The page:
EP = Δq/Δp x p/q

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Where Δq represents change in quantity demanded, Δp changes in price level while p and q are initial price and quantity levels.

With the help of the point method, it is easy to point out elasticity at any point along a demand curve. Suppose that the straight line demand curve DC in Figure. 3 is 6 centimeters. Five points L, M, N, P and Q are taken on this demand curve. The elasticity of demand at each point can be known with the help of the above method. Let point N be in the middle of the demand curve. So elasticity of demand at point.

We arrive at the conclusion that at the mid-point on the demand curve, the elasticity of demand is unity. Moving up the demand curve from the mid-point, elasticity becomes greater. When the demand curve touches the Y- axis, elasticity is infinity. Ipso facto, any point below the mid-point towards the A’-axis will show elastic demand. Elasticity becomes zero when the demand curve touches the X -axis.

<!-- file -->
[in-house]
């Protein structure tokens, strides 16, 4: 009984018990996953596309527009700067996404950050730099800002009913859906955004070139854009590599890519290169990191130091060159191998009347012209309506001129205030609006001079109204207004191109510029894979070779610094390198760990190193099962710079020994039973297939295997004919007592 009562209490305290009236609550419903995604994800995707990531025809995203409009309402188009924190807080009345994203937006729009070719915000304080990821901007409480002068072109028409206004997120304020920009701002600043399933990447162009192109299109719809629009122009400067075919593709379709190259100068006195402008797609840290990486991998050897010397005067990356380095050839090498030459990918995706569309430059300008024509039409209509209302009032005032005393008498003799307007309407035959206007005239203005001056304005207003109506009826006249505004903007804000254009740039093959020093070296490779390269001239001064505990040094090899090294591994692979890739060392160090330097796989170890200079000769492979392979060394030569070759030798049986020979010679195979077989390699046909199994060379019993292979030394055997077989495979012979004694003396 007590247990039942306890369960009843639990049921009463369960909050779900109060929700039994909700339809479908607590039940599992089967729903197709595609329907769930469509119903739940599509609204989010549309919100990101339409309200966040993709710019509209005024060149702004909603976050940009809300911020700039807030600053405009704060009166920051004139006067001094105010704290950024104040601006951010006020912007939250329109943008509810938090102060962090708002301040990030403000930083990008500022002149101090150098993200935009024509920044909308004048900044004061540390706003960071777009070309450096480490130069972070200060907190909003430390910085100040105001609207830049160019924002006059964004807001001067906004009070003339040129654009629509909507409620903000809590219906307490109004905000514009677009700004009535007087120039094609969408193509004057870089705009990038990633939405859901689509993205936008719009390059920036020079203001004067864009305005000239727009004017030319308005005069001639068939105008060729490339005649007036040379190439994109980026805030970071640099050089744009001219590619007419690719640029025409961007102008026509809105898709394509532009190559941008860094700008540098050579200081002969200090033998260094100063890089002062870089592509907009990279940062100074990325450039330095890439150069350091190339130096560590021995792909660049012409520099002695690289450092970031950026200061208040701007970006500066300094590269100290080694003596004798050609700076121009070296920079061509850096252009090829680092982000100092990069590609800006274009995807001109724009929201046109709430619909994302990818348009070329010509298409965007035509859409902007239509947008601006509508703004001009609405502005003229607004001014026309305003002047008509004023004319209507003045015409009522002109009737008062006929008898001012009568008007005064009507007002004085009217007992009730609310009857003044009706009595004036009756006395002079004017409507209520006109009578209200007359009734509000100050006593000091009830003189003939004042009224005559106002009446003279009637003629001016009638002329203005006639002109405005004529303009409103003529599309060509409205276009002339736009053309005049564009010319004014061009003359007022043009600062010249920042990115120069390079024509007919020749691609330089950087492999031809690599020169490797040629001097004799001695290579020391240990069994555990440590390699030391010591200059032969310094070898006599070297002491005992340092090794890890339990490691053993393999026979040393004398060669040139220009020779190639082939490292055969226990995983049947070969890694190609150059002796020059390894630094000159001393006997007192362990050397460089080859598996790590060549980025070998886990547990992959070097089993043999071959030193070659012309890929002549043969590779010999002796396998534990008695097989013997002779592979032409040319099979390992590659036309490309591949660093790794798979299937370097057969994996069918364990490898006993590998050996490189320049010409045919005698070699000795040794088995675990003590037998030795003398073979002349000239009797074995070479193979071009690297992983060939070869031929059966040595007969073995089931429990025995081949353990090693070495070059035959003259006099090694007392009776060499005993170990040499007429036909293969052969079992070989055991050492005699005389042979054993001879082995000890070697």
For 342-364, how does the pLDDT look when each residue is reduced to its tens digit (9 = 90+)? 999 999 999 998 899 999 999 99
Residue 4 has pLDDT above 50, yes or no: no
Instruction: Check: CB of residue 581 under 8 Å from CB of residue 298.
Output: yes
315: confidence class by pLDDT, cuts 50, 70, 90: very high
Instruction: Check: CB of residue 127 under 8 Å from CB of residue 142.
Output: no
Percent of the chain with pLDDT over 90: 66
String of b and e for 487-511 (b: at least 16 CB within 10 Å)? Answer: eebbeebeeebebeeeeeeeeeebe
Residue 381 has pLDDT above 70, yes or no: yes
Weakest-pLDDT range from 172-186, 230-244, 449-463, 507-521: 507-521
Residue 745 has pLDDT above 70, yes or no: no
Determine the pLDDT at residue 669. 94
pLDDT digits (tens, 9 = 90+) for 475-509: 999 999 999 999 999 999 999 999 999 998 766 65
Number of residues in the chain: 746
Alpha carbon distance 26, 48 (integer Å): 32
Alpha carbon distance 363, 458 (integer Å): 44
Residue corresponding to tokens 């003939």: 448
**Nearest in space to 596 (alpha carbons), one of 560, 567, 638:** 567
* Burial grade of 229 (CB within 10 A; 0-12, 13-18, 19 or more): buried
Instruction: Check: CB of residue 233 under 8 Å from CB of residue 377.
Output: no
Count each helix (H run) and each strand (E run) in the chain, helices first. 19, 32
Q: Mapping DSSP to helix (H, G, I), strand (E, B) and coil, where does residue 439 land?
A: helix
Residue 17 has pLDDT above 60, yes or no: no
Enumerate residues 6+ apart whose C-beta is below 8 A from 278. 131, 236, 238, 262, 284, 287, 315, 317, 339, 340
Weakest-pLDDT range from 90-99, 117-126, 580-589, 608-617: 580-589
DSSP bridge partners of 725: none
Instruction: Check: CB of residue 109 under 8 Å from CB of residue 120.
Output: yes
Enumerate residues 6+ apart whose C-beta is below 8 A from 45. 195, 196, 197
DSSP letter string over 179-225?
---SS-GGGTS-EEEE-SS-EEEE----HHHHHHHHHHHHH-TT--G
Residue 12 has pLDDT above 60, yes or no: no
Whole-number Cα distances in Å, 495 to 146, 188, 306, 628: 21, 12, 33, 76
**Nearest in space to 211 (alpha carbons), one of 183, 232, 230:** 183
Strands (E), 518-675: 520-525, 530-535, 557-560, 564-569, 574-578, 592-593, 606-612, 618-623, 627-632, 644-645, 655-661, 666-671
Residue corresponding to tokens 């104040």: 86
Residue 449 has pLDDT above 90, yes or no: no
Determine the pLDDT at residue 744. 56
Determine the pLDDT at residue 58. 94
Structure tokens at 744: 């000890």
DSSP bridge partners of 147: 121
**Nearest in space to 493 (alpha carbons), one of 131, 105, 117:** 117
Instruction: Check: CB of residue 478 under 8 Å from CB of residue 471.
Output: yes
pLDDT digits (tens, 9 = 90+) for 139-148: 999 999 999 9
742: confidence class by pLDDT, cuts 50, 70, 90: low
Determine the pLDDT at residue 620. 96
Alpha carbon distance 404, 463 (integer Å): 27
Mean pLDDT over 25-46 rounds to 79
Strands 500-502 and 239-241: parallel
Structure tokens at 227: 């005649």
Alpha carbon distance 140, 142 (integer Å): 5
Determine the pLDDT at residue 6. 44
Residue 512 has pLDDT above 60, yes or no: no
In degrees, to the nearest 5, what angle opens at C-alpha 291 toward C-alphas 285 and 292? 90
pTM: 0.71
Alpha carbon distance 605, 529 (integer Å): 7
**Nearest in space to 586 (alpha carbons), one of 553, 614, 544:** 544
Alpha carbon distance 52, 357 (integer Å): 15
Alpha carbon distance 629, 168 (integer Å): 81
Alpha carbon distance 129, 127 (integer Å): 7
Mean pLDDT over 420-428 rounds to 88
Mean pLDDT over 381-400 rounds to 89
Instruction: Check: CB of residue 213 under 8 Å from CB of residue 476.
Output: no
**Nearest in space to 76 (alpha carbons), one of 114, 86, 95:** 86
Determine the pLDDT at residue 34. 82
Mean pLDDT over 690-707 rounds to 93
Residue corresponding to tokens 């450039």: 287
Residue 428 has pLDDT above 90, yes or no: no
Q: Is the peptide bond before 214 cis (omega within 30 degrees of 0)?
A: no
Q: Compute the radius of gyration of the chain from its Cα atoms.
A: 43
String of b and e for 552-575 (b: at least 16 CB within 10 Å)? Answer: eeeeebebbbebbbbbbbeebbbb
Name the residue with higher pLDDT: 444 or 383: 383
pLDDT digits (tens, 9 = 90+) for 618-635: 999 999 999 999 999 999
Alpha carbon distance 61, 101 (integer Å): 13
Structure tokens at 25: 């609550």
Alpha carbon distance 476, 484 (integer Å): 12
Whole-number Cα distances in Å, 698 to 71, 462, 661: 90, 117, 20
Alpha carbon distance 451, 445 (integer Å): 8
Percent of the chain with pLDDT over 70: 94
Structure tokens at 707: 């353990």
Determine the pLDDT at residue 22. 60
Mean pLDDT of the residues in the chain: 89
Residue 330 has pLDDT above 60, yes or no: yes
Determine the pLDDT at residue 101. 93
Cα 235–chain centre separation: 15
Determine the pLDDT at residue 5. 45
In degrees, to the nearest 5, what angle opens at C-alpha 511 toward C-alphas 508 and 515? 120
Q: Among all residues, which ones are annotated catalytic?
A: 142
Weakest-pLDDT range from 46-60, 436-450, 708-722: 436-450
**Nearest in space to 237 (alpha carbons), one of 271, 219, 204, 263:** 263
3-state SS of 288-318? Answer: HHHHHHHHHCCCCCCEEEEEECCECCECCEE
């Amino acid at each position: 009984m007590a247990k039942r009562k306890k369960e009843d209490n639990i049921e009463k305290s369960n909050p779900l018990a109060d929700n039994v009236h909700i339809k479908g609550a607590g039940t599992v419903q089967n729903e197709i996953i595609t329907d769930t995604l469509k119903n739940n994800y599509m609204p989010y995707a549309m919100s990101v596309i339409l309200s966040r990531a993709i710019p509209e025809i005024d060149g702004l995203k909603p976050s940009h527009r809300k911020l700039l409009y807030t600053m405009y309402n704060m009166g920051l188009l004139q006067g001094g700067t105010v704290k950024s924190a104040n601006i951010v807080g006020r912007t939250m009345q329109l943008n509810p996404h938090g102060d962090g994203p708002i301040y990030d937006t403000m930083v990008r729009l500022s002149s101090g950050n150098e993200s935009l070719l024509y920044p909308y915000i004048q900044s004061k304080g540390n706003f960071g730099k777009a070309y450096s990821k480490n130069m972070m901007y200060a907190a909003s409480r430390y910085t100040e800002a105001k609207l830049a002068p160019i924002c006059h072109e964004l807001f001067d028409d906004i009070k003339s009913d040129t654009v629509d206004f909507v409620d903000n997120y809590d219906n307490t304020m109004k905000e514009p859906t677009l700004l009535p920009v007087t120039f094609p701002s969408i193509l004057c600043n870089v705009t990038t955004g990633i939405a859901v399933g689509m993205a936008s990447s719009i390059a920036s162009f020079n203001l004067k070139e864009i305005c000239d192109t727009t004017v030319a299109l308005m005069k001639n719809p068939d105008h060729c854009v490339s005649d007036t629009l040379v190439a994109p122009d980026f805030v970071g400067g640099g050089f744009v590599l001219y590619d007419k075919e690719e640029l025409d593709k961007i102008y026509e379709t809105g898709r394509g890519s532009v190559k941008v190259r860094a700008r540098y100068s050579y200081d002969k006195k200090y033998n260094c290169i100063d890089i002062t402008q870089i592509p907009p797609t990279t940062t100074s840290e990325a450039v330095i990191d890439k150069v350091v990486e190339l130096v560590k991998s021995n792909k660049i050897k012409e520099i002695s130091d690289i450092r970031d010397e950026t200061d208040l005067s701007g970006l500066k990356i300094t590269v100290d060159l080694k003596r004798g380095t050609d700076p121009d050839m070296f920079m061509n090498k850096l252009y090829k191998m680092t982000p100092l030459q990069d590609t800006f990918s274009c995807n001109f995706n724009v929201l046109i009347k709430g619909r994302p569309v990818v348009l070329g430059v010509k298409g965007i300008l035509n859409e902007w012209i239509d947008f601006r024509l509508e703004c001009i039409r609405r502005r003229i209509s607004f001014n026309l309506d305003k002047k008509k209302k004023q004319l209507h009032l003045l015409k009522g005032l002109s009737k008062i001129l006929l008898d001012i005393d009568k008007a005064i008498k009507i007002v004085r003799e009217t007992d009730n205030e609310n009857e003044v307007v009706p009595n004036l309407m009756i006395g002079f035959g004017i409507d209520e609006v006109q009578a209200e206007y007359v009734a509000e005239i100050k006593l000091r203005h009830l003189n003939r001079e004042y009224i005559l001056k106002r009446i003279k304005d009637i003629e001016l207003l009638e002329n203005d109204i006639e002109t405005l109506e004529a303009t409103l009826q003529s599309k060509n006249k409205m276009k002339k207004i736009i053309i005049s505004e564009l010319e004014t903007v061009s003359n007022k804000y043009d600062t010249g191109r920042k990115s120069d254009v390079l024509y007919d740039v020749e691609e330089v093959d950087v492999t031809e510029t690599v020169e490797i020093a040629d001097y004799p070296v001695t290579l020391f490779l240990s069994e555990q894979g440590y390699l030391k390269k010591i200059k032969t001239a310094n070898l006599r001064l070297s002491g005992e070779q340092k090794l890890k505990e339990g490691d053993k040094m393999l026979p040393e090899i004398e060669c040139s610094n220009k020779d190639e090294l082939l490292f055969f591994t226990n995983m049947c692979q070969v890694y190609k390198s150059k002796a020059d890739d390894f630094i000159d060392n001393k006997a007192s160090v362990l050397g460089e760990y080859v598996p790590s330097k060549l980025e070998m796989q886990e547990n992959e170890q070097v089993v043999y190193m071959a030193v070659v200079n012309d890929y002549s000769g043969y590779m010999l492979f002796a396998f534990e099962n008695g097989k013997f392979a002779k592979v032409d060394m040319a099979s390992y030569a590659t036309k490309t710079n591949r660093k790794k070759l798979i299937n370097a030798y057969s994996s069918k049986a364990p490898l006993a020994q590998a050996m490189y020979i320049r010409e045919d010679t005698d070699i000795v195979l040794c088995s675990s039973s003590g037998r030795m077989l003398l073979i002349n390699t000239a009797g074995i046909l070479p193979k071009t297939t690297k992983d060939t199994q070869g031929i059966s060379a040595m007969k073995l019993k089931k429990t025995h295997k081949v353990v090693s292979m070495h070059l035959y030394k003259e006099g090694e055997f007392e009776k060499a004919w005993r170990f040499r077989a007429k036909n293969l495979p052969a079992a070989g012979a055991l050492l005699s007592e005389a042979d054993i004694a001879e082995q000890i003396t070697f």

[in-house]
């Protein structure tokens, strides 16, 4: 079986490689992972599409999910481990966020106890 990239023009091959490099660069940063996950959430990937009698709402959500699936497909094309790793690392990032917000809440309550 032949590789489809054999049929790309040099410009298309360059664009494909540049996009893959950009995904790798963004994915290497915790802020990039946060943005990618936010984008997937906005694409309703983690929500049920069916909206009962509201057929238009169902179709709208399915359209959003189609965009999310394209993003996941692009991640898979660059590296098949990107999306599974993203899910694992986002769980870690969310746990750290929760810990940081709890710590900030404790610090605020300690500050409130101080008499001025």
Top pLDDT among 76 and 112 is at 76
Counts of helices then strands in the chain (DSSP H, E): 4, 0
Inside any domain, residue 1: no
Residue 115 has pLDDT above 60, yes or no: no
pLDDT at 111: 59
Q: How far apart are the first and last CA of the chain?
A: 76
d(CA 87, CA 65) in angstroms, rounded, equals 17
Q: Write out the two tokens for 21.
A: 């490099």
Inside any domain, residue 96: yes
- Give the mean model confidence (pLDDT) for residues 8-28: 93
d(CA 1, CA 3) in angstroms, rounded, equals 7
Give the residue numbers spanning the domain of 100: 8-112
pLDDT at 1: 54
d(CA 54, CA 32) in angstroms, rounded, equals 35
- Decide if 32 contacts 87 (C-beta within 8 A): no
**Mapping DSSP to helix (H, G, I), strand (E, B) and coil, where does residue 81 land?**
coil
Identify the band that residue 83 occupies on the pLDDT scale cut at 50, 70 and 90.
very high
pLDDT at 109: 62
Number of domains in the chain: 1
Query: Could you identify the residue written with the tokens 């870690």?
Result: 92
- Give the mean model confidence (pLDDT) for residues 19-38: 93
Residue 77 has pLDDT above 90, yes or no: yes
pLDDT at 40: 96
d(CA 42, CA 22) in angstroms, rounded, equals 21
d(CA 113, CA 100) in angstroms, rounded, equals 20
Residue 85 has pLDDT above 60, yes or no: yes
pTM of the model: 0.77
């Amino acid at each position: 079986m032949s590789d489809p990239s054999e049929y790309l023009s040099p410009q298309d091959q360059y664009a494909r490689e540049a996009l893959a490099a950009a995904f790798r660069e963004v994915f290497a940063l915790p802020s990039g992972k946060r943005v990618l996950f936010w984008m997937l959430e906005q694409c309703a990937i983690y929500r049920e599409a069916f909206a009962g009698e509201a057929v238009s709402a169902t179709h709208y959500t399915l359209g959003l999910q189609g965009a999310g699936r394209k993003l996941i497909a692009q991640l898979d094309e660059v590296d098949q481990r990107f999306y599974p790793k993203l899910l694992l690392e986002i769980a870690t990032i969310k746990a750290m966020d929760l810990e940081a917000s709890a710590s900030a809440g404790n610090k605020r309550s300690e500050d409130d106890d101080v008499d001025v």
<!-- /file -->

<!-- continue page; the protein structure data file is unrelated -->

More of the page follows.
**3. The Arc Method:**

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We have studied the measurement of elasticity at a point on a demand curve. But when elasticity is measured between two points on the same demand curve, it is known as arc elasticity. In the words of Prof. Baumol, **“Arc elasticity is a measure of the average responsiveness to price change exhibited by a demand curve over some finite stretch of the curve.”**